Stories from the storyteller: Mary Higgins Clark enchants her audience

Whether she is talking to an audience in person or on the page, author Mary Higgins Clark knows how to tell a story.

The best-selling novelist — often referred to as the Queen of Suspense — visited Wilton Library Friday evening and was not at a loss for words, taking the microphone a few minutes after 7 and regaling her audience with stories for more than an hour.

From the peculiar way her Irish father proposed to her mother — “Norah, would you care to be buried with my people? — to recounting a school reunion when, with 15 best-selling novels to her credit, Sister Mary Thomas of Canterbury reminded her, “Miss Higgins, you were a terrible math student,” she recalled her life, enjoying the stories as much as those listening to her.

She recalled when, as a Pan Am flight attendant on her first-ever trip to London, she was standing on a street corner in awe of the city and a woman in a ratty fur coat said to her, “Beg your pardon, love, but this is my corner.”

Ms. Higgins Clark, who is on tour to promote her newest book, Daddy’s Gone A Hunting, is a favorite among patrons at Wilton Library. According to Karen Danvers, program manager at the library, 306 people attended the talk and 90 books were sold.

“We all agreed we had no idea she would be so witty,” Ms. Danvers said. “She stayed and signed every single book, and talked with everyone” who waited on line. “It was a very successful event for the library.”

Aimee McDonald of Wilton came to hear Ms. Clark with her mother and aunt. Ms. McDonald said as a student she was not a big reader until her mother introduced her to Ms. Higgins Clark’s books while she was in high school.

“She re-introduced the fun in reading,” Ms. McDonald said. “Now I’m an avid reader.”

Joyce Filip of Rowayton, Ms. McDonald’s mother, came at her daughter’s invitation. “I’ve always enjoyed her books,” she said of Ms. Higgins Clark.

The two brought along Ms. Filip’s sister, Joan Dixey, visiting from Chicago. “I’ve read a lot of her books,” she said, “eight or 10 of them.”

“I really like the suspense,” Ms. McDonald said. “I like to try and figure it out. The characters are very relatable.” She especially enjoyed the fact that many are set in New England or nearby.

Judy Hendrickson came over from New Canaan. “I’m interested in what she thinks, her writing process,” she said. “She’s had a long and storied career. I want to hear her stories.”

She was with a friend, Debbie McGrath of Wilton, who said the opportunity to meet the writer was one she “couldn’t pass up.”

Growing up in an Irish household, Ms. Higgins Clark said, telling stories was her destiny.

“My mother was one of nine,” she said. “There were five girls and they were very close. Over endless cups of tea they’d talk about everyone. … I was always writing poems, short stories.”

After high school she worked at an advertising agency and then became a flight attendant for Pan Am, “back when it was very glamorous.”

She did not know it then, but her career started taking a turn when she took a college course  in short story writing.

“I never dreamt I could write a novel,” she said. When the class was assigned their first short story — 15 pages — she didn’t know what to write about. Her teacher suggested she read the newspaper, find an article that intrigued her, that made her want to find out more.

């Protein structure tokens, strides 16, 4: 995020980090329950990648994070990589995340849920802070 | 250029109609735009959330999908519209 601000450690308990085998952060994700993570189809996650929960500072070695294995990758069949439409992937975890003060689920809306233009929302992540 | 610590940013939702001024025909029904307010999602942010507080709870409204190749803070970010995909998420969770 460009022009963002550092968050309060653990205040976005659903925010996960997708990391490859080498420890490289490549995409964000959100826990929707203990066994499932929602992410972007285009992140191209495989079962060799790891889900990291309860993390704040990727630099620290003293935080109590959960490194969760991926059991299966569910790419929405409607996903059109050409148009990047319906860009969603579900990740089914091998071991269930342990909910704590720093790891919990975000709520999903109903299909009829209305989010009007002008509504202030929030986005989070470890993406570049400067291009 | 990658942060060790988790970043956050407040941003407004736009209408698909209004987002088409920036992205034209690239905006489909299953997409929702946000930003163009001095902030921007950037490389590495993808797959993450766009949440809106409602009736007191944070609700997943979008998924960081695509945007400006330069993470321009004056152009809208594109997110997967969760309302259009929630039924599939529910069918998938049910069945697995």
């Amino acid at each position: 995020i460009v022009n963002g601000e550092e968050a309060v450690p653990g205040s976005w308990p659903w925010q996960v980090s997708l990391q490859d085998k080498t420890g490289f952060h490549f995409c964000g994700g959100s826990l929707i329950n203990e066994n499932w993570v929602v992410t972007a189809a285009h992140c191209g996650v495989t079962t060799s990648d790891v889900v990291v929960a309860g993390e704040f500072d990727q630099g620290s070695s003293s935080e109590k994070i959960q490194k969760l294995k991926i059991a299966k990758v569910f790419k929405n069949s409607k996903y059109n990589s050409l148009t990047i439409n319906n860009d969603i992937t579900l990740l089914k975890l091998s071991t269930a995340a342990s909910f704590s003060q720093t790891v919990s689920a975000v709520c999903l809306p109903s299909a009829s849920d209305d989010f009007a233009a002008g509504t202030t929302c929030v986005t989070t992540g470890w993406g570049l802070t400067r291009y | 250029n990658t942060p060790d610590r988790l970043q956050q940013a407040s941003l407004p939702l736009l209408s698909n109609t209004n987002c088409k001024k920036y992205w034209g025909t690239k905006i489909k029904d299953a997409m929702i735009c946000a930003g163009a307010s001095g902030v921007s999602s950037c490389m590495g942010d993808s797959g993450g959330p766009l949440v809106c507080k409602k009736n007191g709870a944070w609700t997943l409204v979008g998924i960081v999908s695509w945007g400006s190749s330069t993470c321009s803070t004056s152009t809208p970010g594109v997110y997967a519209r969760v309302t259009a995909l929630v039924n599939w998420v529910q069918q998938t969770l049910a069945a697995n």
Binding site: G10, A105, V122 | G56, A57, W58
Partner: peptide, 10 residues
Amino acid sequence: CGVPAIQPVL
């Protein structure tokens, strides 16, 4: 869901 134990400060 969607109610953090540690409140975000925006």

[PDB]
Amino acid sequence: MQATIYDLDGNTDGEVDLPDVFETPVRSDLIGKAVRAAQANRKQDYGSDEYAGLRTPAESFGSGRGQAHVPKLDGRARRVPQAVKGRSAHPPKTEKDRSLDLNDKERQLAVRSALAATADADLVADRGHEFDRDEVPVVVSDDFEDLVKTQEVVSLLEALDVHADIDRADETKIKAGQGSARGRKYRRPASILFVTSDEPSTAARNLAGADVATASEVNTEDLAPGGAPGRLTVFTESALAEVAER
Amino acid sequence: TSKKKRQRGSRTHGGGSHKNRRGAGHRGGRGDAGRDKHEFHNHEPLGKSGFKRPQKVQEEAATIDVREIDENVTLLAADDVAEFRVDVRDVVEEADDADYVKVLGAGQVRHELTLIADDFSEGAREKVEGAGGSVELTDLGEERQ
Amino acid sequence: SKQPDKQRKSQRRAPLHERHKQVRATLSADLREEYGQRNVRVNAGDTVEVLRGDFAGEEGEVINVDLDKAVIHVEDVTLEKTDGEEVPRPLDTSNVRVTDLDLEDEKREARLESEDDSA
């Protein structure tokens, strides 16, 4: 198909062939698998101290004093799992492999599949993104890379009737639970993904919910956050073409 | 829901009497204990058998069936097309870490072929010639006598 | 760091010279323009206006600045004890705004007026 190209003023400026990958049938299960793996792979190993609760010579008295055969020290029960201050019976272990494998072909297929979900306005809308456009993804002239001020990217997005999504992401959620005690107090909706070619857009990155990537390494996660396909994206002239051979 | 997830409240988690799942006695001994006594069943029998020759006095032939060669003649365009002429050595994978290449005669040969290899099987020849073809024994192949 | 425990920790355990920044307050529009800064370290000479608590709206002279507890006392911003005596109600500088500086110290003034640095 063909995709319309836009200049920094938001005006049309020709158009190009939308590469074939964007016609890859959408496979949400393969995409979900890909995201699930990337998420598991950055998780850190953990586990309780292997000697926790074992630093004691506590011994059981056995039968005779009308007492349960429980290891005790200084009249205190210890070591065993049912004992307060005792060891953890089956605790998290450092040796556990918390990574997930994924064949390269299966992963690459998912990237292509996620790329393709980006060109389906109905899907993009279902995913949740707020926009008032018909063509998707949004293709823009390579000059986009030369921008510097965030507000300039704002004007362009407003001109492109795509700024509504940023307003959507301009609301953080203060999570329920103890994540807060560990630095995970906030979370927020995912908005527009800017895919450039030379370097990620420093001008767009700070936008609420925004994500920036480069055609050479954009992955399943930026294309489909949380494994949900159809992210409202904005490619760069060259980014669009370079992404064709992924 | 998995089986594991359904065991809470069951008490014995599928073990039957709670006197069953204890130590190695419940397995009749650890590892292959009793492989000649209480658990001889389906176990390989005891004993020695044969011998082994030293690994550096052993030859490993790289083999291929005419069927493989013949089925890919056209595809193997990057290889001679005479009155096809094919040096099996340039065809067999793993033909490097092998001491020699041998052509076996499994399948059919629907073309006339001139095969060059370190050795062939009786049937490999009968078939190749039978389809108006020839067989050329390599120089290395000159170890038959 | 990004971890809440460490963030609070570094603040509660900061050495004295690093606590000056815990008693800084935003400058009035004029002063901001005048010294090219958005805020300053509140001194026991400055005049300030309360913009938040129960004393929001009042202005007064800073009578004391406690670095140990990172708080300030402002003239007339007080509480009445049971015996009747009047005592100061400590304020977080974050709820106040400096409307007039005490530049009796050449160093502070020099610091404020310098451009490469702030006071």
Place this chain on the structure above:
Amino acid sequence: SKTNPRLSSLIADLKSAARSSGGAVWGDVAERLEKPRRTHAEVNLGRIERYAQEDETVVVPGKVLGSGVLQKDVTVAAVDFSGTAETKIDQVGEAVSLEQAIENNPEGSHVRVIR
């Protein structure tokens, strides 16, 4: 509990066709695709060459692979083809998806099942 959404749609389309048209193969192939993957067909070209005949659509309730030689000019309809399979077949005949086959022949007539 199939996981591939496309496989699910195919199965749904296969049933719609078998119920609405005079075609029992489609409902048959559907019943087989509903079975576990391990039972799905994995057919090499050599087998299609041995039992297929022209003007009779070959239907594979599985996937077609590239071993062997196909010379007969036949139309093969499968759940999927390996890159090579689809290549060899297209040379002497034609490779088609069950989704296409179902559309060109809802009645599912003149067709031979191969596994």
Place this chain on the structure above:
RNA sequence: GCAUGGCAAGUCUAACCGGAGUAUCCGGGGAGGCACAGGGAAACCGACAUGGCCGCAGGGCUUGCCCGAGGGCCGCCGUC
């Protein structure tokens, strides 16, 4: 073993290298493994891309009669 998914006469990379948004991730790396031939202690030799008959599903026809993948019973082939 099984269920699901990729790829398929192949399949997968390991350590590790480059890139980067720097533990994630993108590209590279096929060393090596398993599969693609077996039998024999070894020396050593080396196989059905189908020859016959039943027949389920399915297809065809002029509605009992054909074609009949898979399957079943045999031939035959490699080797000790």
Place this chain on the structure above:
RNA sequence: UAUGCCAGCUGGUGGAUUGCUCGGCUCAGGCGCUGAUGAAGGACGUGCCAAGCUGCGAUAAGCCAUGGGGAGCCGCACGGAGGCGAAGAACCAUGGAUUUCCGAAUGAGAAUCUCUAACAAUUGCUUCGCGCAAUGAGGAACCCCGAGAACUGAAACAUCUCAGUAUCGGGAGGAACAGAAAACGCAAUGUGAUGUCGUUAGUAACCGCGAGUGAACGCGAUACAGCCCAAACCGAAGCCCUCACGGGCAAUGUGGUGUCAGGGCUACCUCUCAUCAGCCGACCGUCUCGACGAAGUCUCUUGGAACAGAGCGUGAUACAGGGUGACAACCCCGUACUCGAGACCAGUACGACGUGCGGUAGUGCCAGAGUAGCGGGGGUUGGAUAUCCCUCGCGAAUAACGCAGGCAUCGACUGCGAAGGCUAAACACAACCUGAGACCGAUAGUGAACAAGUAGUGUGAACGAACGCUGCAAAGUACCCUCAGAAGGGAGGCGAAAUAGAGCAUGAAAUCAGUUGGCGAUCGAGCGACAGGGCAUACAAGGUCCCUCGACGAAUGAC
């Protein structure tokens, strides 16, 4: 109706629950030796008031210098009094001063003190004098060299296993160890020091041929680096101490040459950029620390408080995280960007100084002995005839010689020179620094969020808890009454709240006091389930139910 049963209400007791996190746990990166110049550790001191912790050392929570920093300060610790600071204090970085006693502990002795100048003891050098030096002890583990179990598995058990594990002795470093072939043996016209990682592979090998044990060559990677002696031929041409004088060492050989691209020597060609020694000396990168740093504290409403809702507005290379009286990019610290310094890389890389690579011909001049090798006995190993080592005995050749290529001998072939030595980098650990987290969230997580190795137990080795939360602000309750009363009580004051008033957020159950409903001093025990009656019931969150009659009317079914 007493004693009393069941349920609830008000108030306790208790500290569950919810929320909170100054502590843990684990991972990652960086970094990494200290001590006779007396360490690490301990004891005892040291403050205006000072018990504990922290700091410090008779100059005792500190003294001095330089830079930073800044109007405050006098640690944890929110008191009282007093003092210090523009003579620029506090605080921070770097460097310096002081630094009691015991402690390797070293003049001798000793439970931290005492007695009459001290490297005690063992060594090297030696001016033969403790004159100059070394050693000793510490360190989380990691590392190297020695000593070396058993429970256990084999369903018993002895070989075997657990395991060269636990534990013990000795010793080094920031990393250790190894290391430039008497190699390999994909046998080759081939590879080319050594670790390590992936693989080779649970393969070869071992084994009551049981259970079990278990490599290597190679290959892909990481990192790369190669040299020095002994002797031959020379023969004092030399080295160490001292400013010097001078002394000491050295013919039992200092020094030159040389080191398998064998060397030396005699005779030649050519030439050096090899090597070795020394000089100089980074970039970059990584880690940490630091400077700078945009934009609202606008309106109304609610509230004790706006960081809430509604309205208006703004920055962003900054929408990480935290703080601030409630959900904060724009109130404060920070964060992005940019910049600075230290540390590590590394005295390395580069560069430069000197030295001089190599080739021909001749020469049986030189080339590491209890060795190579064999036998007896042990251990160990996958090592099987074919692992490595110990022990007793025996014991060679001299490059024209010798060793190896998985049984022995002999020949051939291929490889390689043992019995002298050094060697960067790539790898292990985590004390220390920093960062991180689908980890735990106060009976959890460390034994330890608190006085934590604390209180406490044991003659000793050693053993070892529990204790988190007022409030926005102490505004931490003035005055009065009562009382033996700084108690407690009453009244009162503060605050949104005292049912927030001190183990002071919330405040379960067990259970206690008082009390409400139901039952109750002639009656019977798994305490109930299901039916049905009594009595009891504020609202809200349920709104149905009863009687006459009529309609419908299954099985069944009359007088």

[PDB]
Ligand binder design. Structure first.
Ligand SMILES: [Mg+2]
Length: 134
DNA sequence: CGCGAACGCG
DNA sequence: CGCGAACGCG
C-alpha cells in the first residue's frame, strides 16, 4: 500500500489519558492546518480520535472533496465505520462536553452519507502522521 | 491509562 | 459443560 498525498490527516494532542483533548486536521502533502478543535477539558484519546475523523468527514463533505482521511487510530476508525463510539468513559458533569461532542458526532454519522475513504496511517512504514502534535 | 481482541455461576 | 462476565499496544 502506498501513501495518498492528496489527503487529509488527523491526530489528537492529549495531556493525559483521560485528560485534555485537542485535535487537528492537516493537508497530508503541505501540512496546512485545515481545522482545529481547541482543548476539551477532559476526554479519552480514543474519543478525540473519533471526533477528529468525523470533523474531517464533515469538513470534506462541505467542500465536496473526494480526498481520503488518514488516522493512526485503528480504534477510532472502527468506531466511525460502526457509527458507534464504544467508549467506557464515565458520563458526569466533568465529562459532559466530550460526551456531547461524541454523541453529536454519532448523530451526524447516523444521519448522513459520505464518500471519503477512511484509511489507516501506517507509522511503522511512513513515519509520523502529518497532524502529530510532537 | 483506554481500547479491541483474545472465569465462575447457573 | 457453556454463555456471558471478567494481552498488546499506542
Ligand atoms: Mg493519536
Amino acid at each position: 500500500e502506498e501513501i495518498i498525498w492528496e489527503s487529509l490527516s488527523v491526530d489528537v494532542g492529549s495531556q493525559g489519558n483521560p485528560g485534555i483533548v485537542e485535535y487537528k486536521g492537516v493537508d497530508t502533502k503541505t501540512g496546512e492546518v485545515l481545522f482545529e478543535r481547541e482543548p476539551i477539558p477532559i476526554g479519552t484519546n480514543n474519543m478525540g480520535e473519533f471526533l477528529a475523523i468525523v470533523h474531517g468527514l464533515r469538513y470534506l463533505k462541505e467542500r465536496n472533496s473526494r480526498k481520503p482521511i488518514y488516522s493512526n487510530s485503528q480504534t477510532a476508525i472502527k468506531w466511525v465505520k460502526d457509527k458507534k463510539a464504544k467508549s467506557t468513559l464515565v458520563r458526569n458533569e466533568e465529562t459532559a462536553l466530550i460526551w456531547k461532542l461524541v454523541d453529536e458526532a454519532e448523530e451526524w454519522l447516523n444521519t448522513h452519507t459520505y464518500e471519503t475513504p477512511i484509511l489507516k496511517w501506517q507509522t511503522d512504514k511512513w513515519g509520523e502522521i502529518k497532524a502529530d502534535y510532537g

Her teacher told them to “take a true story and ask, Suppose and What if.” She said she adds the question Why?

“One person’s motive has to be the strongest,” she said. “It’s the DNA of a true case and then you go on.”

She based her first story on an incident that happened to her when she was a flight attendant. She was on a plane that landed in Prague to pick up seven Americans. At the same time, a Soviet air show was taking place. One of the Americans commented how anyone in the air show audience would give their life to be on that plane with them, heading home to the United States.

The story Ms. Higgins Clark created from that incident was called Stowaway. It was about a young man who seeks to escape the Soviet Union on an American plane.

Her teacher was effusive with praise and told her it would surely sell, “and it did, six years and 40 rejection slips later,” Ms. Higgins Clark said with a hearty laugh.

She chose the suspense genre because that is what she likes to read. “From the time I was little I wanted to be the first one who knew who did it,” she said.

“Each time I turn a book in I feel I’ve given birth again and you count the fingers and toes and hope you’ve told a good story,” she said.

One member of the audience asked if she ever gets writer’s block.

“The first 50 pages are hard,” she said. “You’re staring at the page and you just don’t know what’s wrong with this book. I just say to myself, ‘Royalty check,’” she said jokingly.

Eventually, she said, trouble usually arises from “forcing a character to do something.”

She continued on that theme when asked about the characters that populate her book and if she knows the ending in advance.

“I know who did it and why because you have to know the motivation,” she said. “You’re working toward this end, the suspense has to be tight. The characters have to be different.

“When you know the characters, they will do things that surprise you … and that’s what makes writing exciting.”

When asked if she has a recurring character, Ms. Higgins Clark said a character named Alvirah is in several books. Alvirah is a lottery winner who does her own detective work on behalf of friends. “She moves the plot forward,” Ms. Higgins Clarks said of her. “I think she’s my alter ego.”